We've all done a double take when mistaking a random person on the street for someone we know or know of, like the celebrity look-alikes Will Ferrell and Chad Smith — the actor and the Red Hot Chili Peppers' drummer, respectively.
But does everyone have a doppelganger? There's a fairly decent chance of it, actually, thanks to the limited number of genes that influence facial features.
"There is only so much genetic diversity to go around," said Michael Sheehan, an assistant professor of neurobiology and behavior at Cornell University, who routinely studies appearance variations and genetics in species such as paper wasps and house mice. "If you shuffle that deck of cards so many times, at some point, you get the same hand dealt to you twice."
That said, that "deck of cards" is incredibly voluminous, Sheehan noted. Scientists currently have no idea how many genes play roles in establishing, for instance, the shape of human faces or the space between people's eyes.
There's a "huge number of genes that contribute to things like facial structure and, of course, hair, eye and skin color, which are all highly variable," said Dr. Arthur Beaudet, a professor of molecular and human genetics at Baylor College of Medicine in Houston.
Evolution has seemed to favor a large degree of distinctiveness in human mugs. Sheehan and a colleague reported last year in the journal Nature Communications (opens in new tab) that human faces differ in their dimensions more than, say, hands vary in their widths and lengths. In addition, the scientists found that more genes are known to be linked to looks than to other areas of human anatomy.
"Human faces are more variable than we would expect them to be based on how variable other body parts are," Sheehan said.
A plausible reason for the varied visages is that humans, just like other social animals, benefit from being able to distinguish individuals in their species. That way, those who serve as benefactors, or who act like jerks, can be approached or shunned accordingly. "You care who's who," Sheehan said.
Family members, of course, look much more alike on average than nonrelated individuals, demonstrating that human faces are clearly heritable. That's why so-called identical twins — who each developed from the same fertilized egg, and thus share all of their genes — are oftentimes barely distinguishable. [Seeing Double: 8 Fascinating Facts About Twins]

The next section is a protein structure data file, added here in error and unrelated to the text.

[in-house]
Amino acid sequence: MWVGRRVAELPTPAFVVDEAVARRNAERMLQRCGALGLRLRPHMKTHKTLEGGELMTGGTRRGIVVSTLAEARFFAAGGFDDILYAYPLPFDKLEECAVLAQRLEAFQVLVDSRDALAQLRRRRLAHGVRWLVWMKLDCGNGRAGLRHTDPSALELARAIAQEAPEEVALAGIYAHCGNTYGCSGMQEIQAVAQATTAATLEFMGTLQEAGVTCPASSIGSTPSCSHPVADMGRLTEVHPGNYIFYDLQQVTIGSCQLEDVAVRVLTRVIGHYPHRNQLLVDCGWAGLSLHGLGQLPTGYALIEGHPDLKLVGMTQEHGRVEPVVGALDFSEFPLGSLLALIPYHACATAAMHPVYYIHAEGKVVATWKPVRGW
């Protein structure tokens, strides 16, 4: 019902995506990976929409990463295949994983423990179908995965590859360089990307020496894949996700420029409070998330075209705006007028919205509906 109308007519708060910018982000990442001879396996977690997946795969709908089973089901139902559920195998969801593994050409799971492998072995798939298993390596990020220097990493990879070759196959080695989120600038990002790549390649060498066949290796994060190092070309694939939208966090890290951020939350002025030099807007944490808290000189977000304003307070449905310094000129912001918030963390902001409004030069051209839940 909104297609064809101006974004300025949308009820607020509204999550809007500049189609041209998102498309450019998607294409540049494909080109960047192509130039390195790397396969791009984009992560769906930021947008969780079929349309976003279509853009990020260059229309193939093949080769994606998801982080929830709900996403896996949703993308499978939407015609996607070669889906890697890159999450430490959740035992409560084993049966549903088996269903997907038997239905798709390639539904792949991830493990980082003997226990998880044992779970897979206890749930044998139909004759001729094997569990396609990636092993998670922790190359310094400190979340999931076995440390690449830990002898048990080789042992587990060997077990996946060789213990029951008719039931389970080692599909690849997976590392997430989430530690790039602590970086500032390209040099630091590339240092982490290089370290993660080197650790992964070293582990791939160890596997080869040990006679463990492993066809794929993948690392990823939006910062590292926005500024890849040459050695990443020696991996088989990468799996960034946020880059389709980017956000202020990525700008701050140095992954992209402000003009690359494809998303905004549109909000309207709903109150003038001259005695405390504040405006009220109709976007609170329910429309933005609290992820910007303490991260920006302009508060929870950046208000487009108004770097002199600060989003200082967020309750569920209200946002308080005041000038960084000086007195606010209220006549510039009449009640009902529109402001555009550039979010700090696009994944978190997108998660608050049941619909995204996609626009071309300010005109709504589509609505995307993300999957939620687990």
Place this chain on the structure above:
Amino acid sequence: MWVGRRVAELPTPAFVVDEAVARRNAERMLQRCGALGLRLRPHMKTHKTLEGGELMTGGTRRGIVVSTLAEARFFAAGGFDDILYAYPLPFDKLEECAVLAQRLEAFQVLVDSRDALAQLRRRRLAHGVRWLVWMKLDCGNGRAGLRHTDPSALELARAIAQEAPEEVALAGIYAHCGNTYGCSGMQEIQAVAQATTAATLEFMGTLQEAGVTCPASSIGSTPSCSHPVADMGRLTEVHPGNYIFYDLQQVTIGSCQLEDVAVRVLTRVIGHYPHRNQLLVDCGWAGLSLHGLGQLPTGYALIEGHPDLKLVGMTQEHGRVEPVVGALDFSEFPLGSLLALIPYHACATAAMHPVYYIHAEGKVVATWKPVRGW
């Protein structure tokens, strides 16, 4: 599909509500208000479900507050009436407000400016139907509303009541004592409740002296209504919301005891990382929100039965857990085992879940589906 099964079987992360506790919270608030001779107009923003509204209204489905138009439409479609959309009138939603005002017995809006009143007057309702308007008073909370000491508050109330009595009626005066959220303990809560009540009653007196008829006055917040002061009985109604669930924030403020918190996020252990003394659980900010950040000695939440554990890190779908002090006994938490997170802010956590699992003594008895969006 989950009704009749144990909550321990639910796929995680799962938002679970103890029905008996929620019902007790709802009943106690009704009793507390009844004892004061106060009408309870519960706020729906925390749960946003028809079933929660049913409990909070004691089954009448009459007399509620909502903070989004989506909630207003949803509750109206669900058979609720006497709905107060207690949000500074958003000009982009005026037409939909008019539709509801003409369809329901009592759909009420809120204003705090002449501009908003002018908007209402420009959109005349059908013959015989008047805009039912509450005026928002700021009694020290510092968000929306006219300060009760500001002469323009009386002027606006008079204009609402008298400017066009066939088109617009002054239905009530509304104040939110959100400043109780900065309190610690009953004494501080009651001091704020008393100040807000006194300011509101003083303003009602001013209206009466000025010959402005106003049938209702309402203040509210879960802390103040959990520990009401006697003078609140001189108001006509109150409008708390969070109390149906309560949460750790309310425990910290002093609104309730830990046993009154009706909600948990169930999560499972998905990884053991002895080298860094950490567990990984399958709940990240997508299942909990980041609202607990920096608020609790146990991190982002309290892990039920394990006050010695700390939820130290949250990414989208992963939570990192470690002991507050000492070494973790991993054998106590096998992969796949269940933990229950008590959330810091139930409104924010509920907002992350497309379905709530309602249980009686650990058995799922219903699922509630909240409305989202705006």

Therefore, it stands to reason that strangers who resemble one another — like Ferrell and Smith — are probably more closely related (but don't know it) than people who look nothing at all alike, Beaudet said.
Moreover, people of the same ethnicity typically have a larger set of genes in common than they do with those outside their group, which is why, for example, South Asians usually have dark hair and brownish skin and Scandinavians usually have blond hair and light skin.
"It's not like you find an Asian and a European who look almost identical," Beaudet said. "You find two people from similar descents who probably do, in fact, have a fair amount of genetic sharing when you go way back."
Although "ethnicity" is a tricky concept, involving such nongenetic aspects as culture and language, bigger ethnicities or "races" — another loaded term — if considered as groups of closely, genetically related people, should logically sport greater chances of spawning doppelgangers.
The biggest ethnic groups are the Han Chinese (about 1.3 billion people) and the Hindustani (perhaps as high as 1.2 billion people, from South Asia). If you're in either of these groups, you theoretically have better odds of running into an almost-you, almost-him or almost-her.
Nevertheless, this notion of people sharing genes and geography, and thus appearances, is becoming scrambled due to modern, global emigration. Individuals whose ethnic groups had been isolated going back many millennia are now routinely making babies with one another.
"People didn't use to move around very much," Beaudet said. "Nowadays, we have people mating with people from another continent."
Over time, isolation from other human populations, alongside exposure to specific environments — the cold of northern latitudes or the warmth of equatorial ones, as an oversimplified example — led novel genetic mutations to arise, take root and characterize ethnicities. (Keep in mind that all humans started out as Africans, millions of years ago.)
Now, with once-isolated human groups bringing together all of their new genes, the doppelganger effect could be both enhanced and diluted. After all, the world's population has exploded from a mere billion at the beginning of the 20th century to more than 7 billion today.
All of those extra folks around, even with blurring bloodlines, might increase the likelihood of people bearing an uncanny resemblance.
"If you have enough people," Sheehan said, "you're going to end up with someone who doesn't look so crazily different."